Dialysis, isolation, depression, anger. Each of these words has a separate meaning but they seem to go hand-in-hand with each other. For many dialysis patients, these words combine to form a “new normal” state brought on by living with kidney failure. I know this, because I live it.
I started this journey in January 2008 and I have seen, heard and shared a lot with other chronic kidney disease and dialysis patients in the past eight years. Many patients, myself included, have many co-morbidities. We have to see multiple physicians and specialists, and they prescribe a myriad of drugs. Going to dialysis three times a week and constantly having to visit different doctors often brings on a flood of anxiety and feelings of depression. This disease has a way of taking over your life.
Having kidney failure changes a lot of things, and that can contribute to feelings of depression and isolation. One of the first things that can change quickly is your social life. Throughout my eight-year run on dialysis I have lost many friends who stopped coming to visit or just no longer wanted to get together. I could no longer eat the same foods or drink alcohol, and I had to limit my fluid intake. I couldn’t travel on a whim anymore—it’s hard to be spontaneous when you have to be attached to a machine for four hours, three times a week. Eventually these friends felt they could no longer hang out with me; others were just put off or freaked out by the entire process of dialysis and my physical changes.
I was not prepared for the physical changes this disease would wreak on my body. My skin became four shades darker, extremely dry and flaky, often peeling and itching. Every inch of my body itched and/or flaked from my scalp to my feet. My legs and feet would expand between treatments due to the fluids retained in my body. To this day, I break out in dry patches, or in pimples on my face and back. These changes are hard to look at in the mirror every day. They can make patients feel ugly and not want to be seen by others, increasing their isolation.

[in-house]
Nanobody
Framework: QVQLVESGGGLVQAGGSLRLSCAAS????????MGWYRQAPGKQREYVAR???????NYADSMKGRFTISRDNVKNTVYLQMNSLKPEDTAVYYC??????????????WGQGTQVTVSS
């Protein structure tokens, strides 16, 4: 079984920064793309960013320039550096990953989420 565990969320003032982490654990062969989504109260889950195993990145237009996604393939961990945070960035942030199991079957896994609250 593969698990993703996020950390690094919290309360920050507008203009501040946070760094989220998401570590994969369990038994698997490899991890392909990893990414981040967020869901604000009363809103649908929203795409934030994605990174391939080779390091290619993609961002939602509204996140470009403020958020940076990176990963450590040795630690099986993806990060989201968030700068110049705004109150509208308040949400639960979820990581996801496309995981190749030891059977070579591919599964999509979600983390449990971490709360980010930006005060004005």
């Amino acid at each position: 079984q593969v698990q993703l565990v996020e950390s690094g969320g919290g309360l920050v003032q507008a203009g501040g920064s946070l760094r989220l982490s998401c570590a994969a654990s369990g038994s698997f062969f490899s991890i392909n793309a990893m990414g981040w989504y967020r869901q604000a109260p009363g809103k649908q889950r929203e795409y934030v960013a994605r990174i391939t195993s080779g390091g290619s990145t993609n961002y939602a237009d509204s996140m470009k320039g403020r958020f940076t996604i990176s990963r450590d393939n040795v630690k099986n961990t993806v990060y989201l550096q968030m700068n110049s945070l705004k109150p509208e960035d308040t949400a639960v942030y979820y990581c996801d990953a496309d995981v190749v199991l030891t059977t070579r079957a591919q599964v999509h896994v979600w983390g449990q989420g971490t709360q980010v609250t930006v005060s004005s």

Many patients, myself included, experience extreme fatigue and a sense of confusion or forgetfulness. We nickname this “Kidney Brain“—you feel “fuzzy” or have problems remembering things or find yourself losing your place in thought. I have heard patients say they feel this sense of “fuzziness” is often at its worst right after their dialysis treatments.
This is not an easy topic to write about but it’s something that we need to bring into the open.
We need dialysis care teams to have this conversation with patients not once, not twice, but ongoing. I believe we need more collaboration between the mental health community and the renal community so that caregivers can help identify patients who are isolated or may be depressed. In an ideal world, dialysis centers would have a mental health professional—a psychologist, therapist or some form of counselor—on staff or at least affiliated with the center. Since patients are at treatment so often it would be convenient if there were a mental health professional available for them on-site.
I am doing my part to help patients in my community reduce isolation by creating opportunities to meet others facing similar challenges for socialization, fun and recreation through a small nonprofit, For Kidney’s Sake. I don’t think the only time a patient goes out of her house should be to go to the doctor’s office or dialysis. I don’t think a patient should be embarrassed by how he looks. I am convinced that the lives of dialysis patients can be improved dramatically by creating these kinds of connections.
This issue should become a national movement. If we talk about it, we can improve it. We can improve the lives of dialysis patients, one day at a time!